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Wednesday, December 19, 2018
Why Ensuring Access to Affordable Prescription Drugs Is the Hardest Problem in Health Policy

Prescription drug costs in the United States have risen to an unsustainable level, accounting for 1 in 6 dollars spent on health care and compromising many patients’ ability to afford the medications they need. Although there is broad, bipartisan agreement that policy action is required, several aspects of the problem make it unusually hard to solve. Drawing on a recent report by a committee of the National Academies of Sciences, Engineering and Medicine, Dr. Mello will discuss those problems and paths forward recommended by the committee.

» Michelle Mello, Stanford Law School


Recent Events

Wednesday, December 5, 2018
Linguistics in the Courtroom

Our written and spoken language provides a wealth of data that can be used to inform legal disputes. In matters ranging from criminal prosecutions (some of which can be elucidated by speaker or author identification) to trademark litigation (for which consumer confusion can be dispositive) to wrongful-termination suits (which may call for assessment of a co-worker’s accusations), linguists have been called upon to direct their analytical skills to issues that may be of importance to the finder of fact. For example, a combination of vocal overtones and dialect shadings served to cast doubt on suspicions that a disgruntled employee had phoned in anonymous bomb threats to his company. Linguistic quantification techniques helped to end a dispute between two competing mortgage lenders with similar-sounding trademarks. And a survey of the psycholinguistic factors which may impede the aural recognition of a familiar voice was instrumental in challenging the attribution of a threat by 15 confident and outspoken earwitnesses. These and other examples will illustrate some of the possibilities afforded by forensic linguistics.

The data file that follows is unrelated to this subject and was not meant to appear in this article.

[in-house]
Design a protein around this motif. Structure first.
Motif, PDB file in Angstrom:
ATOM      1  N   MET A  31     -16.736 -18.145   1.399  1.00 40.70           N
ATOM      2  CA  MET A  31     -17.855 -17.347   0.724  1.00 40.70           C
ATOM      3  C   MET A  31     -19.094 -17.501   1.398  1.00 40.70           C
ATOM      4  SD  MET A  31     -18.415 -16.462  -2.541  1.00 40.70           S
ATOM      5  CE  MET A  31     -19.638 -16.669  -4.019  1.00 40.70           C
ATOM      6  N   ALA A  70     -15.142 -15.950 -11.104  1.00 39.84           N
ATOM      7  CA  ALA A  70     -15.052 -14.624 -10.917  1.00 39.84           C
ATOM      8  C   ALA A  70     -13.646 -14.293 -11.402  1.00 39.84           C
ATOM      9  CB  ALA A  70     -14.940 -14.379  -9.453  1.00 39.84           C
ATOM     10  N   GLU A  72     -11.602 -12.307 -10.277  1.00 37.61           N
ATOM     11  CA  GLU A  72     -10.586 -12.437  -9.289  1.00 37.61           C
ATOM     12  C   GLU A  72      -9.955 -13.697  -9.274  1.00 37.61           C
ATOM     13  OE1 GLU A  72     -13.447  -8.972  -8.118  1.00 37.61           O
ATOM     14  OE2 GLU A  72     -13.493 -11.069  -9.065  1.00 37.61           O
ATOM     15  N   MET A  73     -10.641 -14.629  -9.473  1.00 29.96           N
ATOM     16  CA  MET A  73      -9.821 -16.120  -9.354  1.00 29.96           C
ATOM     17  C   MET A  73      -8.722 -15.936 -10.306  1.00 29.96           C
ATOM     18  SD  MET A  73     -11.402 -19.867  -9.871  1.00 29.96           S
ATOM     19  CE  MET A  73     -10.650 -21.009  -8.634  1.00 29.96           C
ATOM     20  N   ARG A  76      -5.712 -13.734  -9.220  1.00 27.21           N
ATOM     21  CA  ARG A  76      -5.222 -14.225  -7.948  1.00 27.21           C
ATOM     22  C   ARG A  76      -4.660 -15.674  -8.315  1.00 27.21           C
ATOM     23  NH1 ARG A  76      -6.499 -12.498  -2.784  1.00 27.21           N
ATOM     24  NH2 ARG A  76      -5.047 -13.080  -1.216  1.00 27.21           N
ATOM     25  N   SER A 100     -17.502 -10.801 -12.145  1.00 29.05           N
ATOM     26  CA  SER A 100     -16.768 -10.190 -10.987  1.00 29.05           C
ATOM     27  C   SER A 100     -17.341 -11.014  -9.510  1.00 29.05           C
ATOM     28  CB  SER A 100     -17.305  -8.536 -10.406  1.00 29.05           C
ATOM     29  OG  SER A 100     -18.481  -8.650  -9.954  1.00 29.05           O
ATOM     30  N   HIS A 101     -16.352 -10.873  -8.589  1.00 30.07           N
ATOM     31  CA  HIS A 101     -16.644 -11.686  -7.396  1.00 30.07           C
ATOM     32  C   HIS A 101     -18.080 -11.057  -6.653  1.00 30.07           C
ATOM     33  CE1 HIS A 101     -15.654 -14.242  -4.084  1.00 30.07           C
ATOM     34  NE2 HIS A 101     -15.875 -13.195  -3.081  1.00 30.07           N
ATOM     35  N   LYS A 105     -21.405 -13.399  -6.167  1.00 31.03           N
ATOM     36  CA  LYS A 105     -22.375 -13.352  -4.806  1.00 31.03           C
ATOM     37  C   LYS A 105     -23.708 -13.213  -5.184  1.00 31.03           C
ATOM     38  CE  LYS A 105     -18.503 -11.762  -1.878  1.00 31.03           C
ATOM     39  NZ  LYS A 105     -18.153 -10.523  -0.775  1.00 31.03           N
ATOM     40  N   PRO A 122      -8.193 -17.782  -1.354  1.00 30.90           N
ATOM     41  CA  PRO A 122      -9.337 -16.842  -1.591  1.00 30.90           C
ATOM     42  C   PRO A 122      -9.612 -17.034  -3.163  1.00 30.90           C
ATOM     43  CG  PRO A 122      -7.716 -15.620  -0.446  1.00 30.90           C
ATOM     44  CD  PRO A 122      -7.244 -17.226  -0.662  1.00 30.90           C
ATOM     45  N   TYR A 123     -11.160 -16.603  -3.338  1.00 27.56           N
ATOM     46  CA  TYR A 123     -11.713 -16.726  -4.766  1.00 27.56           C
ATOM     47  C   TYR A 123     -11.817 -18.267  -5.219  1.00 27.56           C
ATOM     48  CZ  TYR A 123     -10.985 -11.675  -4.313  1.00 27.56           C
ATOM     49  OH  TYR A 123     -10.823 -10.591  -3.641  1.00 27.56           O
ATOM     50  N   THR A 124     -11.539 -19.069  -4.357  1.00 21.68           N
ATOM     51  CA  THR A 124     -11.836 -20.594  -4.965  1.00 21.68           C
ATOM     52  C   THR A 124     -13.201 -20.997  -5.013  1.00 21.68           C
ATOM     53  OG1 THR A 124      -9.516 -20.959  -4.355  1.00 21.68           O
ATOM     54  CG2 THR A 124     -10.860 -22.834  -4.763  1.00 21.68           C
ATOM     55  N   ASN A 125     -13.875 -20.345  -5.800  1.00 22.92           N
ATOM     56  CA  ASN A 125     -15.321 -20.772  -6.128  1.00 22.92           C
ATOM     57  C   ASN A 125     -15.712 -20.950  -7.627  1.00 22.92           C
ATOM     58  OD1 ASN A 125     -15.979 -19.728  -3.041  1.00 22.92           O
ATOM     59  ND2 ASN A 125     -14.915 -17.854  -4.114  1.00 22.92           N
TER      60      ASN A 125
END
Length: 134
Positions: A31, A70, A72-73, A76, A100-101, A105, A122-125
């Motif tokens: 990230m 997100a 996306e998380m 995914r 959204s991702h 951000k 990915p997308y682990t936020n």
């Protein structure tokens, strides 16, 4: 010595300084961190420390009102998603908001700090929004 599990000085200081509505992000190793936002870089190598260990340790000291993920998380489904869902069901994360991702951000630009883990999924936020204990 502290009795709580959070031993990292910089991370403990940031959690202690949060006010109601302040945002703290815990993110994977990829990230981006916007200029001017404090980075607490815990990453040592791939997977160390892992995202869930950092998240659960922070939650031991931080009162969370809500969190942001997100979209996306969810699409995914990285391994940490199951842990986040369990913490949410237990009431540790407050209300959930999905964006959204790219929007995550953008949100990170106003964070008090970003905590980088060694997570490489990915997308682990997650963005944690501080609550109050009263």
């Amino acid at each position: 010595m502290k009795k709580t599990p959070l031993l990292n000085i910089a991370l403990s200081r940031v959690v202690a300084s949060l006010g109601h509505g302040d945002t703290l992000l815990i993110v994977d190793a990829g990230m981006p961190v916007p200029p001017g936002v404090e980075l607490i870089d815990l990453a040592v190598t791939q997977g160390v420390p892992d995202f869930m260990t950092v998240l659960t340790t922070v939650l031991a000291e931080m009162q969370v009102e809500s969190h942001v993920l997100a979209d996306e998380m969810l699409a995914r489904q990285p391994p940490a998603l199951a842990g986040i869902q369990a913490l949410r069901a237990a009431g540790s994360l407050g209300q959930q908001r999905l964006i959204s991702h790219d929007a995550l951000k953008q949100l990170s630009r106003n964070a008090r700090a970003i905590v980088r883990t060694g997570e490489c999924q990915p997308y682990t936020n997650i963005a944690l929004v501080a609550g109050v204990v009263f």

» Sandra Disner, University of Southern California


Tuesday, November 27, 2018
The Rise of the Neglected Tropical Diseases and the Promise of the Antipoverty Vaccines

The neglected tropical diseases (NTDs) represent the most common afflictions of people living in extreme poverty. Through an integrated program of mass drug administration we have seen important gains in the prevalence reductions of several NTDs including lymphatic filariasis, river blindness, and trachoma. However, new 21st century forces of war and conflict, shifting poverty known as 'blue marble health', and climate change have been allowed a new set of NTDs to emerge. There is an urgent need for new antipoverty vaccines to combat the NTDs, which are now under development and in clinical trials Success will require overcoming a rising tide of antiscience including a well organized and financed antivaccine movement.

» Peter Hotez, Baylor College of Medicine


Wednesday, November 7, 2018
Climate Change, Insect Biology, and the Challenges Ahead

Our climate is changing. C02 levels in the atmosphere are growing at unprecedented rates and temperatures are increasing so quickly that in less than one hundred years humans will be living on a planet that will be hotter than at any time in the evolution of the human species. Increasing concentrations of atmospheric C02 are already effecting insects and plants. Rainfall patterns are changing. These effects lead to series of critical challenges that we must overcome even as human populations are rapidly growing. Clearly, we must find ways to increase the global food supply. Among our biggest competitors will be insects. Climate change and global travel are enhancing the introduction of new agriculturally and medically important insects into natural and agricultural systems. Some of these movements are predictable and plans for their introductions should be made in advance. From a scientific viewpoint, the likely ecological changes in insect-plant interactions are fascinating. From a societal point of view, now is the time to begin training the next generation of agricultural scientists and farmers. Unfortunately, the current trend is for universities to cut back on agricultural departments, and many students do not find agricultural disciplines to be as exciting (or as profitable) as manufacturing, engineering, and the sciences that have taken us into space. We have to do a better job of showing our students how advanced and interesting agricultural sciences really are. Eventually the need for food will drive the need for more scientists and improved farming techniques, but unless we act on all of these challenges now, we risk falling too far behind to sustain either the population or our environment.